Nature 393, 648-659 (18 June 1998) | doi:10.1038/31405; Received 15 May 1998; Accepted 28 May 1998

Structure of an HIV gp120 envelope glycoprotein in complex with the CD4 receptor and a neutralizing human antibody

Peter D. Kwong1, Richard Wyatt2, James Robinson3, Raymond W. Sweet4, Joseph Sodroski2,5 & Wayne A. Hendrickson1,6

  1. Department of Biochemistry and Molecular Biophysics, Columbia University, New York, New York 10032, USA
  2. Department of Cancer Immunology and AIDS, Dana-Farber Cancer Institute, Department of Pathology, Harvard Medical School, Harvard School of Public Health, Boston, Massachusetts 02115, USA
  3. Department of Pediatrics, Tulane University Medical Center, 1430 Tulane Avenue, New Orleans, Louisiana 70112, USA
  4. Department of Immunology, SmithKline Beecham Pharmaceuticals, 709 Swedeland Road, King of Prussia, Pennsylvania 19406, USA
  5. Department of Immunology and Infectious Diseases, Harvard School of Public Health, Boston, Massachusetts 02115, USA
  6. Howard Hughes Medical Institute, Columbia University, New York, New York 10032, USA

Correspondence to: Wayne A. Hendrickson1,6 Correspondence and requests for materials should be addressed to W.A.H. (e-mail: Email: Coordinates have been deposited in the Brookhaven Protein Data Bank (accession code 1gc1) and may be obtained from the authors.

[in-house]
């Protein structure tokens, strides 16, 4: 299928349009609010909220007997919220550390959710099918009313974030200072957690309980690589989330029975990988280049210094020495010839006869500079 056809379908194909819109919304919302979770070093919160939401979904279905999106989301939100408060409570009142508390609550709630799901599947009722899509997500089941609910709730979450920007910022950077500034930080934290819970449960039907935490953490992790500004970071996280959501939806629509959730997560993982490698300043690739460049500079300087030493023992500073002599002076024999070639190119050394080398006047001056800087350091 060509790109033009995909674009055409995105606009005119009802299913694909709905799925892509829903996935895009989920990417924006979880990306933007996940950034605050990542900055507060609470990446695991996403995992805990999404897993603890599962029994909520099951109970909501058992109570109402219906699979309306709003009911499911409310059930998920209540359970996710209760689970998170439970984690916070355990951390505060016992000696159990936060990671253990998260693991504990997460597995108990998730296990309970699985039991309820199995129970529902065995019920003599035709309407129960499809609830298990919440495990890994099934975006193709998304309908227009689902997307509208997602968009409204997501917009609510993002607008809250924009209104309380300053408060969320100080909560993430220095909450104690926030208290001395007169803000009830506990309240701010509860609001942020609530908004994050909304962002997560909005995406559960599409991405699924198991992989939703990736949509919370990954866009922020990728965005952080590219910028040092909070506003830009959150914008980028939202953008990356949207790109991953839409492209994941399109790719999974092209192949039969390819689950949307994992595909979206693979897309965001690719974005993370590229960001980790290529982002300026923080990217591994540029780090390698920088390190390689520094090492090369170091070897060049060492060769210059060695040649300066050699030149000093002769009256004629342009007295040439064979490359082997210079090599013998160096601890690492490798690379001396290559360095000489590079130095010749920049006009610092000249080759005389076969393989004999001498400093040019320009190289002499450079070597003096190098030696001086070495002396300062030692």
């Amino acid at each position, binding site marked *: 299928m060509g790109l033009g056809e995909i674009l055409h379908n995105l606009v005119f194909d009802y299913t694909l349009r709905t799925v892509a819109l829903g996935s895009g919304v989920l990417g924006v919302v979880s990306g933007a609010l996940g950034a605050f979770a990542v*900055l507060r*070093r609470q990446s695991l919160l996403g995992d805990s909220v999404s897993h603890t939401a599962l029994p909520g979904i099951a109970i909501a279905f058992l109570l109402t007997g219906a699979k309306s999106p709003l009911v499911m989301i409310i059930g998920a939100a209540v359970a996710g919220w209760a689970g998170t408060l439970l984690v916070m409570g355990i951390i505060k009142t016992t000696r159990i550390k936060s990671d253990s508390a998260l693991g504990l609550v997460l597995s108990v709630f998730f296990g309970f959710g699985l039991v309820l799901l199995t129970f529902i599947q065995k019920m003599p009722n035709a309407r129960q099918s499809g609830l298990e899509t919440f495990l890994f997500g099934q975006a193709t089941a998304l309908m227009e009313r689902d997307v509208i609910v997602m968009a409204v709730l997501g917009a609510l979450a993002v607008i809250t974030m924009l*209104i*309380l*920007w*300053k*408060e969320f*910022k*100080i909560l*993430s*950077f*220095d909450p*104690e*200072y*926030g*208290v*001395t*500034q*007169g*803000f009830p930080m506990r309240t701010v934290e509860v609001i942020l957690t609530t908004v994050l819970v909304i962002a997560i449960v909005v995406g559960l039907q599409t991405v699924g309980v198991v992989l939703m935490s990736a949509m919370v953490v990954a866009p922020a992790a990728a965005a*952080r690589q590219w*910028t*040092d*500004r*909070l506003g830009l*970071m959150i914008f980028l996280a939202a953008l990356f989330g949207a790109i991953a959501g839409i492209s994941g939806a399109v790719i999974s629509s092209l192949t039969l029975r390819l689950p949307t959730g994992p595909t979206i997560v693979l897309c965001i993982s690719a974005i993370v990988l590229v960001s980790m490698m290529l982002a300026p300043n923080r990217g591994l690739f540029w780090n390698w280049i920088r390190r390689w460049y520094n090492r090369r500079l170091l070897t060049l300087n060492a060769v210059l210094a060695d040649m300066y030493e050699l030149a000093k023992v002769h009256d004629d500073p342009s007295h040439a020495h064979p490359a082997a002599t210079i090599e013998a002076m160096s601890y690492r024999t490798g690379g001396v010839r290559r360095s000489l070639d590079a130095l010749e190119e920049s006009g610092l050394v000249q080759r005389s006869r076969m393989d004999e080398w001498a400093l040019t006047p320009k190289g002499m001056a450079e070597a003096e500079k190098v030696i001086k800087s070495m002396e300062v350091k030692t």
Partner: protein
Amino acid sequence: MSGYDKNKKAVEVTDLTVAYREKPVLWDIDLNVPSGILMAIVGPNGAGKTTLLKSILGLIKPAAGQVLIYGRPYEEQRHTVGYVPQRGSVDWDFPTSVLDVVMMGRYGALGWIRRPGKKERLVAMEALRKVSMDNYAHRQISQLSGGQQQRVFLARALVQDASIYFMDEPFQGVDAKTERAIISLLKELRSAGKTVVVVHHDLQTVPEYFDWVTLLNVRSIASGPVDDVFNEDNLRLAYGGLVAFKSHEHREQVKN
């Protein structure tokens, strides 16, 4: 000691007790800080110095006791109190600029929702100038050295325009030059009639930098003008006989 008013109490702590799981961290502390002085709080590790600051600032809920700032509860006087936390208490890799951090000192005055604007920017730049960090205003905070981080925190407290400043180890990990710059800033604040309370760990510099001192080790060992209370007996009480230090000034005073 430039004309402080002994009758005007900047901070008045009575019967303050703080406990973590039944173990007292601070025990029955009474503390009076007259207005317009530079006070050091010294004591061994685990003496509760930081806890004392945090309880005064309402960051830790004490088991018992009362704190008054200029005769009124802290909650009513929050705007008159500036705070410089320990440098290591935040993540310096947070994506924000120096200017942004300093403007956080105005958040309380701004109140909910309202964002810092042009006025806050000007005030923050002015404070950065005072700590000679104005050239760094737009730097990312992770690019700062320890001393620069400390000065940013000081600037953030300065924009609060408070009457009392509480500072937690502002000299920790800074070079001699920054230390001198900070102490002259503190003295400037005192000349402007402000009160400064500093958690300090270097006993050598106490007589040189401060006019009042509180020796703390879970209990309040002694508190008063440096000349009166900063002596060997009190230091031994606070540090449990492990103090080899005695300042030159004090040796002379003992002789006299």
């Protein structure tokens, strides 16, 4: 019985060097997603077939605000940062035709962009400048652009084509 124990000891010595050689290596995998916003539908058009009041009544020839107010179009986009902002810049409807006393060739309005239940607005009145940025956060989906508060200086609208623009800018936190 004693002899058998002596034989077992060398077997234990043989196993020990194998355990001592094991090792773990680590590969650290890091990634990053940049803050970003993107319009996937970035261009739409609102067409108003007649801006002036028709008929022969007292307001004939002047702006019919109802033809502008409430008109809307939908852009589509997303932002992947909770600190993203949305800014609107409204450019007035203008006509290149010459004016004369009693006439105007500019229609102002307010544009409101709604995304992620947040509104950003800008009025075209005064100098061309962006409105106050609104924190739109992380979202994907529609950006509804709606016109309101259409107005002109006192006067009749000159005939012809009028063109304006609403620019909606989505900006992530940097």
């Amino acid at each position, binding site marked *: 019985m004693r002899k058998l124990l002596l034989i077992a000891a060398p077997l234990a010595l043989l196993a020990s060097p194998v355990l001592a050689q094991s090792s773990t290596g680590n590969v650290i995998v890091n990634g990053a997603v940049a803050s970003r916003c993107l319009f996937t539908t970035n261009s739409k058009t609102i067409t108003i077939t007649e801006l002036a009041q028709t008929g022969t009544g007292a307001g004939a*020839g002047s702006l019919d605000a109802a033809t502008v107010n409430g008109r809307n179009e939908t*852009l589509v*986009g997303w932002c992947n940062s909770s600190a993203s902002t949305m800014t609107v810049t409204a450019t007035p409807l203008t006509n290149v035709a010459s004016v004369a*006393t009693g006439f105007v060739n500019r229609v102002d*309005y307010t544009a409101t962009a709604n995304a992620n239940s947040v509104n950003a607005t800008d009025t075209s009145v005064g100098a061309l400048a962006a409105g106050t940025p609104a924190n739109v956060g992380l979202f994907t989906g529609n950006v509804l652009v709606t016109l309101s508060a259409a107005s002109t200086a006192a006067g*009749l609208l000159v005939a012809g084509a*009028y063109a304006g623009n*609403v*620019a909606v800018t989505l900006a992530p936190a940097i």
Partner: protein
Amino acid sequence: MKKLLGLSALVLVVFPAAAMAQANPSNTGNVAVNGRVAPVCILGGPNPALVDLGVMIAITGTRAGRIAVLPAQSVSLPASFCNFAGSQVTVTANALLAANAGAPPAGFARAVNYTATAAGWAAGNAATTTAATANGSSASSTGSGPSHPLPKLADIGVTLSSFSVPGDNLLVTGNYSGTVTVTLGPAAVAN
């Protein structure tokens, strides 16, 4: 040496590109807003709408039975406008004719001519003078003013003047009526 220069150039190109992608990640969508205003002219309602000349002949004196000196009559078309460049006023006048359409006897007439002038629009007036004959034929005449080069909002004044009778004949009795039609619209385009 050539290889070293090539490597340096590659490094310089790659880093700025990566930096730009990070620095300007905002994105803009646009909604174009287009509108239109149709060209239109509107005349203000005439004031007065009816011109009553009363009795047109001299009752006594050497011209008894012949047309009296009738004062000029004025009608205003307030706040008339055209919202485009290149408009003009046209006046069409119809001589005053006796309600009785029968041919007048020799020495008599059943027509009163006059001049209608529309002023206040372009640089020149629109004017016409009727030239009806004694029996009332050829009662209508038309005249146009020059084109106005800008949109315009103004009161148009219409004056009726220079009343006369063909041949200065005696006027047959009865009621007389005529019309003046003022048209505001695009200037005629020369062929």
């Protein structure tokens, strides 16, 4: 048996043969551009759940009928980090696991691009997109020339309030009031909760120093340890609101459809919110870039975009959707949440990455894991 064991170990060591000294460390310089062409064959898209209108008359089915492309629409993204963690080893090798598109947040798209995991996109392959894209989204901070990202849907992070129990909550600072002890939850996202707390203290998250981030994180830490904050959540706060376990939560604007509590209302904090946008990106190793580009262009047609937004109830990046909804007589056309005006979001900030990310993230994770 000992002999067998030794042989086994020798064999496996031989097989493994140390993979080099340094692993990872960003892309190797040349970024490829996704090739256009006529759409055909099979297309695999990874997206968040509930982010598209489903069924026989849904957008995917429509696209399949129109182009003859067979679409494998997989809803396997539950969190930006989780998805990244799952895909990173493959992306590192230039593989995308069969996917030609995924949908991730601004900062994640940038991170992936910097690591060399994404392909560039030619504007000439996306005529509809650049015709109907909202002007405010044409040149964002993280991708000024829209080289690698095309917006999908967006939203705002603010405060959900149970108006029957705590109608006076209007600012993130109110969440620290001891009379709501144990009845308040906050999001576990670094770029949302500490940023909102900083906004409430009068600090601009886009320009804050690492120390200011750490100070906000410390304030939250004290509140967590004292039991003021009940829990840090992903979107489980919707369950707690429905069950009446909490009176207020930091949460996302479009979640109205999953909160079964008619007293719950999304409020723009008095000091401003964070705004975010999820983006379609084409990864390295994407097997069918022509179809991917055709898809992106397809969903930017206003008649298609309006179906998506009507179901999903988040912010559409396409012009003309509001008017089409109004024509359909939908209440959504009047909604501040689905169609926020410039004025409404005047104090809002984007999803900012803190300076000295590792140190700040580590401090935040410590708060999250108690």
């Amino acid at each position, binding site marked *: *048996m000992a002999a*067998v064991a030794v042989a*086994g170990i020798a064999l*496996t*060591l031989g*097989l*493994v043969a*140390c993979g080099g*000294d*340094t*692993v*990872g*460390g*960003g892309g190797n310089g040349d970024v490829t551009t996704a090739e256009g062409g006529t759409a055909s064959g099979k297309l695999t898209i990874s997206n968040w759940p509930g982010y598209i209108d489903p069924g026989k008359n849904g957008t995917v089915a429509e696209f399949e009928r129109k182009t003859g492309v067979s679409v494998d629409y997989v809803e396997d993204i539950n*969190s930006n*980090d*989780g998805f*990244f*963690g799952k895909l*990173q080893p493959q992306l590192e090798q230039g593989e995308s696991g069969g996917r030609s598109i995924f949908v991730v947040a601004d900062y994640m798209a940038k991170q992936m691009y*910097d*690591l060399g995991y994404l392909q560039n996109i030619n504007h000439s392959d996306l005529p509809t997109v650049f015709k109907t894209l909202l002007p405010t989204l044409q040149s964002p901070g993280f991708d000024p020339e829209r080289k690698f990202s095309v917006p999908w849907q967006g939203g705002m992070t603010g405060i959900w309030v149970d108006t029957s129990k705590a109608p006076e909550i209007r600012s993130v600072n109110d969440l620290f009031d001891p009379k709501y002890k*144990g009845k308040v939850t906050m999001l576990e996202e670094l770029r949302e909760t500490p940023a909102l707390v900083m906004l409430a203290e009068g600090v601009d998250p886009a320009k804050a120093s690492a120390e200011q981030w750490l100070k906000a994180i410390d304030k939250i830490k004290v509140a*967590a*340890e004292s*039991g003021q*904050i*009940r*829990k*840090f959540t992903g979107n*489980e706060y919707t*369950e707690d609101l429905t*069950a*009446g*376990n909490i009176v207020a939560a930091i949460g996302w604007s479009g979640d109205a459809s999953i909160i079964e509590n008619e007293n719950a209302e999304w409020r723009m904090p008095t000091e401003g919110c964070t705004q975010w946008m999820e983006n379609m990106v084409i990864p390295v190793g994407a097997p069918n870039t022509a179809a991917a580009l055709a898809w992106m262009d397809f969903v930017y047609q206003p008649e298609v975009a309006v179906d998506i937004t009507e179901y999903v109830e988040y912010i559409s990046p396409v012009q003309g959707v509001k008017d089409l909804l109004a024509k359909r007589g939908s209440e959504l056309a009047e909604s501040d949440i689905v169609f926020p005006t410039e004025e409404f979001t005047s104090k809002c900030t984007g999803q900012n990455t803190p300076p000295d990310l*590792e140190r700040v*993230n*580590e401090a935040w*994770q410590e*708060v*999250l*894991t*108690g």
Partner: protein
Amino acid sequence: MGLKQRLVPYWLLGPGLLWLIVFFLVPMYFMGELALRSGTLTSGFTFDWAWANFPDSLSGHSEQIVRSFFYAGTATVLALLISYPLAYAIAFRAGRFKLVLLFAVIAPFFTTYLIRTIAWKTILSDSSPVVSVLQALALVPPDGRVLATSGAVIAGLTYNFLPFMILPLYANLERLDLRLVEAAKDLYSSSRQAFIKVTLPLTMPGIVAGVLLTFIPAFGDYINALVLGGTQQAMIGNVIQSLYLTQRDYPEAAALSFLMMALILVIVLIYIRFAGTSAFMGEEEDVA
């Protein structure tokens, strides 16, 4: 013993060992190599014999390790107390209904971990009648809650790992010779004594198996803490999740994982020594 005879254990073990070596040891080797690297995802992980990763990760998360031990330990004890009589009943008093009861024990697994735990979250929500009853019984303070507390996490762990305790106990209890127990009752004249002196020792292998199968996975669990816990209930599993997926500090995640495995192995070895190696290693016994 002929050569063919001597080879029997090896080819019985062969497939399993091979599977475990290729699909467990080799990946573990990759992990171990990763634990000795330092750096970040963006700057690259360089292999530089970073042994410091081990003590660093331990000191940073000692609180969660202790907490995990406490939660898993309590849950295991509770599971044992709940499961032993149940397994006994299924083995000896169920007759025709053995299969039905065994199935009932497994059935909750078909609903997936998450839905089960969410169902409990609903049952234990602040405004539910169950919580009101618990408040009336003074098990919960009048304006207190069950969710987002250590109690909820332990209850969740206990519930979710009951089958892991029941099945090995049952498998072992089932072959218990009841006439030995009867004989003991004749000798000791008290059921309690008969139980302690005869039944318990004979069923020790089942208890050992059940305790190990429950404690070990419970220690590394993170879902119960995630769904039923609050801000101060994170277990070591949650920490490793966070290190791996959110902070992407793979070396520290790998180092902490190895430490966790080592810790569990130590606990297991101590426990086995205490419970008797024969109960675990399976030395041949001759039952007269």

The entry of human immunodeficiency virus (HIV) into cells requires the sequential interaction of the viral exterior envelope glycoprotein, gp120, with the CD4 glycoprotein and a chemokine receptor on the cell surface. These interactions initiate a fusion of the viral and cellular membranes. Although gpl20 can elicit virus-neutralizing antibodies, HIV eludes the immune system. We have solved the X-ray crystal structure at 2.5 Å resolution of an HIV-1 gp120 core complexed with a two-domain fragment of human CD4 and an antigen-binding fragment of a neutralizing antibody that blocks chemokine-receptor binding. The structure reveals a cavity-laden CD4–gp120 interface, a conserved binding site for the chemokine receptor, evidence for a conformational change upon CD4 binding, the nature of a CD4-induced antibody epitope, and specific mechanisms for immune evasion. Our results provide a framework for understanding the complex biology of HIV entry into cells and should guide efforts to intervene.